Caffeine is a harmless drug for most people, and exercise is a positive activity for those who are physically able to incorporate it into their routines. These two practices can usually be combined without any problems -- although caffeine and physical exertion both cause effects on your body. Exercise after drinking coffee is dangerous to a small segment of the population, but most people face no risk.
Video of the Day
Caffeine affects your central nervous system within minutes of drinking coffee. The drug is a stimulant, so it makes you more alert, reduces fatigue and wakes you up if you were sleepy. While those effects are often desirable, caffeine can also cause unpleasant symptoms, like agitation, dizziness and nervousness in people who are very sensitive to the chemical. The stimulating effects may facilitate exercise after drinking coffee, but the negative effects may prevent exercise for people who are prone to those reactions.
Consuming excessive amounts of coffee causes unpleasant symptoms that may impair exercise even in people who are not overly sensitive to caffeine. Your heartbeat quickens, muscles tremble, you feel nervous and your stomach gets upset. All of these issues can impair physical activity. Exercise makes your heart beat faster because of the exertion, so drinking large amounts of coffee before your workout may be dangerous if you have heart problems if caffeine magnifies that effect.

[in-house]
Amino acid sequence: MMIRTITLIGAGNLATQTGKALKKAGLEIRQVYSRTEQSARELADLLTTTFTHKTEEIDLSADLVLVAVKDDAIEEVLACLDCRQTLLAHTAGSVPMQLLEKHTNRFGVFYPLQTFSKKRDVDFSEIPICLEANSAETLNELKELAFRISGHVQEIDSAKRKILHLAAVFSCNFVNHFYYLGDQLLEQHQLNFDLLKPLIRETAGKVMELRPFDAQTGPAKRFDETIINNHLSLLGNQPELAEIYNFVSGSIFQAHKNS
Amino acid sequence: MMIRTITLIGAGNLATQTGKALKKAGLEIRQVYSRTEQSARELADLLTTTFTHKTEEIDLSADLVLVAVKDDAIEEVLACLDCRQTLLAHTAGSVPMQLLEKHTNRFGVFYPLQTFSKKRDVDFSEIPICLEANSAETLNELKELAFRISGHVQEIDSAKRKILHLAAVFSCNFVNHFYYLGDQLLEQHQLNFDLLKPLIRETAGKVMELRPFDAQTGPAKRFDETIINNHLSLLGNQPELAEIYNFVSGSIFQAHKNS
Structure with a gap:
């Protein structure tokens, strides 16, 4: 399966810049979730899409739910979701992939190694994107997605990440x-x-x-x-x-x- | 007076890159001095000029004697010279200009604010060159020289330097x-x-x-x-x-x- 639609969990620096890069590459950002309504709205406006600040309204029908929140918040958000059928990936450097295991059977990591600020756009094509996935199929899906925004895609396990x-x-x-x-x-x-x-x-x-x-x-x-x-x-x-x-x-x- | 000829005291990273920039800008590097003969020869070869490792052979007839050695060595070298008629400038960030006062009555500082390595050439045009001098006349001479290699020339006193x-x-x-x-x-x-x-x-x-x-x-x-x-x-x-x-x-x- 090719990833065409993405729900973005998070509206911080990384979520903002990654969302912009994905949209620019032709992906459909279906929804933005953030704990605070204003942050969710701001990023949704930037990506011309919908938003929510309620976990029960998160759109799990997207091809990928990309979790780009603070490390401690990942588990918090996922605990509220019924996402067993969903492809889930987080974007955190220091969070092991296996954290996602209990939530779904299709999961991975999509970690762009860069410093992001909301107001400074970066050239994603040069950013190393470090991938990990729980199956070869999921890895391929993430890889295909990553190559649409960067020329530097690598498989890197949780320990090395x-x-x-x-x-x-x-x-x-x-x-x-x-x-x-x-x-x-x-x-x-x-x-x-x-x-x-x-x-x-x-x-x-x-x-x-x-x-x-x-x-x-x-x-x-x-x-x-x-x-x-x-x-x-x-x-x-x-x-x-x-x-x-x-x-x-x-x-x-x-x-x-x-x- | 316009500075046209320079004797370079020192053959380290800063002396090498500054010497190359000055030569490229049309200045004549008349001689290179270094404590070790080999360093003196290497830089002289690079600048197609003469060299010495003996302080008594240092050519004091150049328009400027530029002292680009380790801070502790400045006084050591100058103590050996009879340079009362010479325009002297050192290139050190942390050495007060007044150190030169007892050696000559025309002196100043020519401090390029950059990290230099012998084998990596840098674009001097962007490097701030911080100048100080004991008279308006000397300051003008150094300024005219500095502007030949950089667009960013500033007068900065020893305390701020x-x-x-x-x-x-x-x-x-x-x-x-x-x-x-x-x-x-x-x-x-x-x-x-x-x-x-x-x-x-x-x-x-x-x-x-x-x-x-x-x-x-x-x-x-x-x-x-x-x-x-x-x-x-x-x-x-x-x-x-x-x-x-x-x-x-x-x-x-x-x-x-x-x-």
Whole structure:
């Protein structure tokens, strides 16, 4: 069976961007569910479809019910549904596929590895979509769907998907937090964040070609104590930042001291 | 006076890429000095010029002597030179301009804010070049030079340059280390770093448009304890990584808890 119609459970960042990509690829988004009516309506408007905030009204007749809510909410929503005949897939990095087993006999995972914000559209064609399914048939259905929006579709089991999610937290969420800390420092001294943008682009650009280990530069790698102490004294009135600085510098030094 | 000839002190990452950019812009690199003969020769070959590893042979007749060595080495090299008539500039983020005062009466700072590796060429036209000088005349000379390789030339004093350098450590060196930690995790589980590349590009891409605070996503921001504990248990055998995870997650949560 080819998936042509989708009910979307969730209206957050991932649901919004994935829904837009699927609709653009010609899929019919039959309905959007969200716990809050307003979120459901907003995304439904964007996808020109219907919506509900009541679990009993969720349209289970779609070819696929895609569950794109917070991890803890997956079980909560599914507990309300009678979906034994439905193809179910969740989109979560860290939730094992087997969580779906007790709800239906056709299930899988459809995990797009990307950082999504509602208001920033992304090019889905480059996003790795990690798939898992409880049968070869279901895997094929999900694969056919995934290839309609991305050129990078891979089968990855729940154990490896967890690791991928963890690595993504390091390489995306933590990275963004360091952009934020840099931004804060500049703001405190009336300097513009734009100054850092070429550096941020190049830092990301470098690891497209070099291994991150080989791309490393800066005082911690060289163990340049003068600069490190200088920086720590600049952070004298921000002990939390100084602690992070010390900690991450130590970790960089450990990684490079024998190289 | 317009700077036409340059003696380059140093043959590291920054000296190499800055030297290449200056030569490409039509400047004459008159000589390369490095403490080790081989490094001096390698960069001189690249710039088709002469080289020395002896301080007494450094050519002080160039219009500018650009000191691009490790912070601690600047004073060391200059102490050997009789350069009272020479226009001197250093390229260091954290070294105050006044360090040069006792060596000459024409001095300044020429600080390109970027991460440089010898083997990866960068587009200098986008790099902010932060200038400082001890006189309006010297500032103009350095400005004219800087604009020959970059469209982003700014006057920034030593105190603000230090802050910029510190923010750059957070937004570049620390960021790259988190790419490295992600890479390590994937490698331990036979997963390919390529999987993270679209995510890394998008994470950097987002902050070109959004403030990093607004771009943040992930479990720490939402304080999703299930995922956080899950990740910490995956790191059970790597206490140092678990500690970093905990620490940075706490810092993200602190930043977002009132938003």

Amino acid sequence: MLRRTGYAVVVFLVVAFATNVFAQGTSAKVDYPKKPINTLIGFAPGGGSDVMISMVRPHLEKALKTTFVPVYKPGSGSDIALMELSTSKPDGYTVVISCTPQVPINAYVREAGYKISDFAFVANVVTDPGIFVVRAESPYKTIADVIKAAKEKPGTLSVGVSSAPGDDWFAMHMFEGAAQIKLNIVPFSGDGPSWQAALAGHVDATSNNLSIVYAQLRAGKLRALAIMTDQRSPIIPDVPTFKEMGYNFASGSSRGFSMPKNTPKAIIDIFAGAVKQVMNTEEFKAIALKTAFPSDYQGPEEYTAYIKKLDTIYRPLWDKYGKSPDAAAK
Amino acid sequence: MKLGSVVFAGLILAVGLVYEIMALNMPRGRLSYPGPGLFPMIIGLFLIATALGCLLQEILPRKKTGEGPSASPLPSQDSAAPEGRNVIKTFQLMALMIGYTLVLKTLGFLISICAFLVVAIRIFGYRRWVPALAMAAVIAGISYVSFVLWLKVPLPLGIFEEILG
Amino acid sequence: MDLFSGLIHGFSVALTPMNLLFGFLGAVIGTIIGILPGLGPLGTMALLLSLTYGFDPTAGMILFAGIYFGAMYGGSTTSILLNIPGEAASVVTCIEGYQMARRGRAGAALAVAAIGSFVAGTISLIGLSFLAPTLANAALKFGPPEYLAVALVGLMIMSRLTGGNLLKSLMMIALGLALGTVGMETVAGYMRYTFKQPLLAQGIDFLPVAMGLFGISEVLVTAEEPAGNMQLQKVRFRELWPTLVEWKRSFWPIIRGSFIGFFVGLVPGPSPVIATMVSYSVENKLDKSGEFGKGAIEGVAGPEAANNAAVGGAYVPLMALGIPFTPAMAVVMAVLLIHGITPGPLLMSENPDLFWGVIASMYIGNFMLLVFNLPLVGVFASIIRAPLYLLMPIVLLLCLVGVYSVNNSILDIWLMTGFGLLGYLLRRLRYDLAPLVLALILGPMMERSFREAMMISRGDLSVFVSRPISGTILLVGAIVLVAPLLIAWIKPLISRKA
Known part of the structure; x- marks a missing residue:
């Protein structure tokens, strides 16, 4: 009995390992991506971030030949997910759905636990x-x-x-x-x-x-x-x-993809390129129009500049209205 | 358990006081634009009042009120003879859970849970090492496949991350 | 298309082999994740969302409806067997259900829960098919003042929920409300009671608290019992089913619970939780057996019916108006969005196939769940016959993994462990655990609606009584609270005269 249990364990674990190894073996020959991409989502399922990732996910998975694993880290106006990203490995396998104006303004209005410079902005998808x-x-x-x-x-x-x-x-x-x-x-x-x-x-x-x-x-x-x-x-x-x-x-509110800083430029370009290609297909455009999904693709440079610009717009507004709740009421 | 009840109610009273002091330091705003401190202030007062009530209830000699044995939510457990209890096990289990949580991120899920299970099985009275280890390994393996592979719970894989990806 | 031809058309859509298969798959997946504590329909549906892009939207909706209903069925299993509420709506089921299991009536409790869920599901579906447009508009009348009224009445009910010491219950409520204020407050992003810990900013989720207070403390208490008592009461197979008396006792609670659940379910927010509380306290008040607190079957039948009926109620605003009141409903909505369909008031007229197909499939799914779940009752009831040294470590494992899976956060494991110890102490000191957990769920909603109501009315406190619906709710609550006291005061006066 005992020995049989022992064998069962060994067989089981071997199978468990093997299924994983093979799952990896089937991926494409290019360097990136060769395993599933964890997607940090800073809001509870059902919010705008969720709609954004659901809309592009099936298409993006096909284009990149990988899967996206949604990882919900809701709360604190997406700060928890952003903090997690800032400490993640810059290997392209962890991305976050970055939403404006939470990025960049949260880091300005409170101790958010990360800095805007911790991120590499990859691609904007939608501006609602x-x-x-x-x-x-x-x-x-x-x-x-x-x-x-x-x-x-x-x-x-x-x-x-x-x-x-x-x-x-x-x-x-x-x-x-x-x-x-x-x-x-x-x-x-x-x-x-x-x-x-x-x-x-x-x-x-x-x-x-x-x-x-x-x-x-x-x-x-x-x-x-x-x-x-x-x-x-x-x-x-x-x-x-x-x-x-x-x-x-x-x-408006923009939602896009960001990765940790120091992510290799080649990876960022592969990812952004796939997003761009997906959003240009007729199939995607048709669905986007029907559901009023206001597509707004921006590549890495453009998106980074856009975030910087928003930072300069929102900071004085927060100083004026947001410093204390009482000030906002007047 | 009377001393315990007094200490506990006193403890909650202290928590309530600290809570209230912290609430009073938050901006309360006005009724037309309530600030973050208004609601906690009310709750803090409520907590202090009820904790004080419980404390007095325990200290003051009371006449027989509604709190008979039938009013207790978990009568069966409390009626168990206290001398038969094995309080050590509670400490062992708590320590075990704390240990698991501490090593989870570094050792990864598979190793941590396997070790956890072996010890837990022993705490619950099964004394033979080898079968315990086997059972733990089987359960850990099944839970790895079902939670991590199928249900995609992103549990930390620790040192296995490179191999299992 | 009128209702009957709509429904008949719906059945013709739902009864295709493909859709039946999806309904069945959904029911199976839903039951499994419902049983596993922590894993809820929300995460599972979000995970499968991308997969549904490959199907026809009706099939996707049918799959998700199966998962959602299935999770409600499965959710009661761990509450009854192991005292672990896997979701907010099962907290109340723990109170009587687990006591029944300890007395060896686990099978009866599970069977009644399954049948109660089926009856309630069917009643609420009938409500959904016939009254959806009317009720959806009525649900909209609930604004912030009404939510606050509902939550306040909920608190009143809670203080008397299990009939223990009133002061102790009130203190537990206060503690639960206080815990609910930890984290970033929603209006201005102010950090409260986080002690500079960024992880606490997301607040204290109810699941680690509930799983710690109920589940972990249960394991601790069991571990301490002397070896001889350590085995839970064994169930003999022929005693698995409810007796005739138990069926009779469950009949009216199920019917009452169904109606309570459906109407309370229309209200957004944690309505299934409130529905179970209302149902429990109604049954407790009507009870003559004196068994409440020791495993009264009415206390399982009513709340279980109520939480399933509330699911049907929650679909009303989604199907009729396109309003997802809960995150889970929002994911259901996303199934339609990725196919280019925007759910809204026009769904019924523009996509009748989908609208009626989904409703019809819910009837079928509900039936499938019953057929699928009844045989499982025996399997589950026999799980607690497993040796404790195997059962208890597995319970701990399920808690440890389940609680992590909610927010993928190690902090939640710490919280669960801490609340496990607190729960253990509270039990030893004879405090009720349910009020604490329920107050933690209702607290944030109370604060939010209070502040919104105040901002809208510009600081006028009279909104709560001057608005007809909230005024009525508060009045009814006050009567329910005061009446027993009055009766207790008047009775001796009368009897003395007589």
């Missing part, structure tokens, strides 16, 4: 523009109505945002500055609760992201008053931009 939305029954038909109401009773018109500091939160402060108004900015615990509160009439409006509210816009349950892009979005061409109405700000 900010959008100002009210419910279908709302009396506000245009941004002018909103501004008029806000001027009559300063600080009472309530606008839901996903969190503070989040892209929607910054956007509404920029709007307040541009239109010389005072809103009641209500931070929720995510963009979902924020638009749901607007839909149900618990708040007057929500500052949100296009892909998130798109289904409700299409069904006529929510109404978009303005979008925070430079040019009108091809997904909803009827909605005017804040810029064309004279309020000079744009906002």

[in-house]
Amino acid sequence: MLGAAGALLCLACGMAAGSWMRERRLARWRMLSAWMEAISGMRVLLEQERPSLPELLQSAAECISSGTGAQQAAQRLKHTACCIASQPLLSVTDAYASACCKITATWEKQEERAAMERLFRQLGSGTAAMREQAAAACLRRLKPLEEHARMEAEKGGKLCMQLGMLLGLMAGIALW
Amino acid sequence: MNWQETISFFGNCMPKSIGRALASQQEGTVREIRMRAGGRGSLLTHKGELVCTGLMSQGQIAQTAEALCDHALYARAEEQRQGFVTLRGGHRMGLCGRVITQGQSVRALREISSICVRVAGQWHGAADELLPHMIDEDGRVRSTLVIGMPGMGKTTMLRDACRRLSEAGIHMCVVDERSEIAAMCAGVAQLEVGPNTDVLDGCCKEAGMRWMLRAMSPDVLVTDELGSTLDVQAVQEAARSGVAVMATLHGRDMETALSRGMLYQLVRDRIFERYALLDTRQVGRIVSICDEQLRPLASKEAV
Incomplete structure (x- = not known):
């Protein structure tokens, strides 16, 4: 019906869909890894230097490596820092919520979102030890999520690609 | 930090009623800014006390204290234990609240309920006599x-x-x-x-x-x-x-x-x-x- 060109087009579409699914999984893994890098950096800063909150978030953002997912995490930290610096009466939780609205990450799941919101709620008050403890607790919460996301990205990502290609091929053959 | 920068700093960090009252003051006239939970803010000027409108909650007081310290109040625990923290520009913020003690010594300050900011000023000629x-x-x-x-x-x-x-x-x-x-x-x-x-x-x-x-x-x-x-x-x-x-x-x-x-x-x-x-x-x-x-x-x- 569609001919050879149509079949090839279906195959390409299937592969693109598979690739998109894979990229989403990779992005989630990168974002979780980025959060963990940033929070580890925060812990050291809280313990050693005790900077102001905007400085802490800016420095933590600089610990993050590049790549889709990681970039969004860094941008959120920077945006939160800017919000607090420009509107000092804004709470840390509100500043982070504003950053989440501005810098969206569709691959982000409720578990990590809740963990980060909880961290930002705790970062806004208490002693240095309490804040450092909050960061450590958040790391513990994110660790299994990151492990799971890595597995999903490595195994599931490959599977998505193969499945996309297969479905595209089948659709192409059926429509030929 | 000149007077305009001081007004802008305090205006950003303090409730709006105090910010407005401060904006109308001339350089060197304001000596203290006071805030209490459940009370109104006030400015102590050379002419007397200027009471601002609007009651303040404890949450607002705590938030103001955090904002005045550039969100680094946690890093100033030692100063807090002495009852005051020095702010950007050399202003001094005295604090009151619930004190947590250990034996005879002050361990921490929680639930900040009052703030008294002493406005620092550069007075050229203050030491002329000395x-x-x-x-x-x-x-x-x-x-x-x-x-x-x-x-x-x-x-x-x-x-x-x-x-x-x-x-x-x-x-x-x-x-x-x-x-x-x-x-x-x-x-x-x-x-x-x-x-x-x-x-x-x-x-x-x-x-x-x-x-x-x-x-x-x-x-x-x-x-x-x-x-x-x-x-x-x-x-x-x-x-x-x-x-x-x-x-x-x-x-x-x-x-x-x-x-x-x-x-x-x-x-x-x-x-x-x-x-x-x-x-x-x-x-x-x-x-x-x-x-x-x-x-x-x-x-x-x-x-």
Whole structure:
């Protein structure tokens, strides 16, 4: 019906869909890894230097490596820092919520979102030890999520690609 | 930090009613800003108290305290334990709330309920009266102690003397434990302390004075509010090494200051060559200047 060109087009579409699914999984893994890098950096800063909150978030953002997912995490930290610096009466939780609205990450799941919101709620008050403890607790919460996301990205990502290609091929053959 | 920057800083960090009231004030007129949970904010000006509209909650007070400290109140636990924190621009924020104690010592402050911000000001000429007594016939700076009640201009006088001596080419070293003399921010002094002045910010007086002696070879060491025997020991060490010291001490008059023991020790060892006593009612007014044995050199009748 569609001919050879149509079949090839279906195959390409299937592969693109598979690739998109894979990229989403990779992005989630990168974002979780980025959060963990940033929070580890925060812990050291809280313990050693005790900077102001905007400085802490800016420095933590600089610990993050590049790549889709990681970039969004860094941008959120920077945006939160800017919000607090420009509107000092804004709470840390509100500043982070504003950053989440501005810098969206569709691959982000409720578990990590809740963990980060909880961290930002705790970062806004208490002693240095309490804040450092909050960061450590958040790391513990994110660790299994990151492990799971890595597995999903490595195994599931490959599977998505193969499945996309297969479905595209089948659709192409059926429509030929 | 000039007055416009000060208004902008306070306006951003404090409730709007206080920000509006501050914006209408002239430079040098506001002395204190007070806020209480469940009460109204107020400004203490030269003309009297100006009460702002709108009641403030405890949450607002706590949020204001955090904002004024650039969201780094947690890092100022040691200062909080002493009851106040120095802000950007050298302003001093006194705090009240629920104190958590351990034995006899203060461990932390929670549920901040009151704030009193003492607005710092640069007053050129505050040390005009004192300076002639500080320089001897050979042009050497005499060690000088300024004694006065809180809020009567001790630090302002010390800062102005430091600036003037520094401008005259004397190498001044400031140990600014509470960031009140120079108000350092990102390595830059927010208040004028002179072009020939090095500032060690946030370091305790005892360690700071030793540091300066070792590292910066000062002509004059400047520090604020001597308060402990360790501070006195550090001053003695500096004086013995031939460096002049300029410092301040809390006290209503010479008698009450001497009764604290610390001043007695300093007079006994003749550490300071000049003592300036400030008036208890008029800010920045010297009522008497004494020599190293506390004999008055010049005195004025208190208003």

Caffeine is a diuretic, which means that it increases your urine output, according to TeensHealth.org. This raises your dehydration risk unless you replenish the fluid output promptly. Exercise makes you sweat to help keep your body cool. If you work out after drinking coffee, make a special effort to drink enough water or other hydrating beverages to balance the increased fluid loss from perspiration and urination.
About 2 percent of the population has an aneurysm, or bulging spot on an artery wall, in the brain. Sometimes this condition is harmless, but it can lead to a stroke if the weak spot bursts. Both exercise and coffee raise the chance of a rupture, according to a 2011 study of 250 rupture survivors by researchers in the Netherlands, published in the journal "Stroke." Exercise was linked to 8 percent of the stokes, and coffee was linked to 1 percent. Twenty-eight other risk factors were studied. When combined together, they were still only linked to 5 percent of the cases. Beware following coffee with exercise if you have an aneurysm because of the increased rupture chances.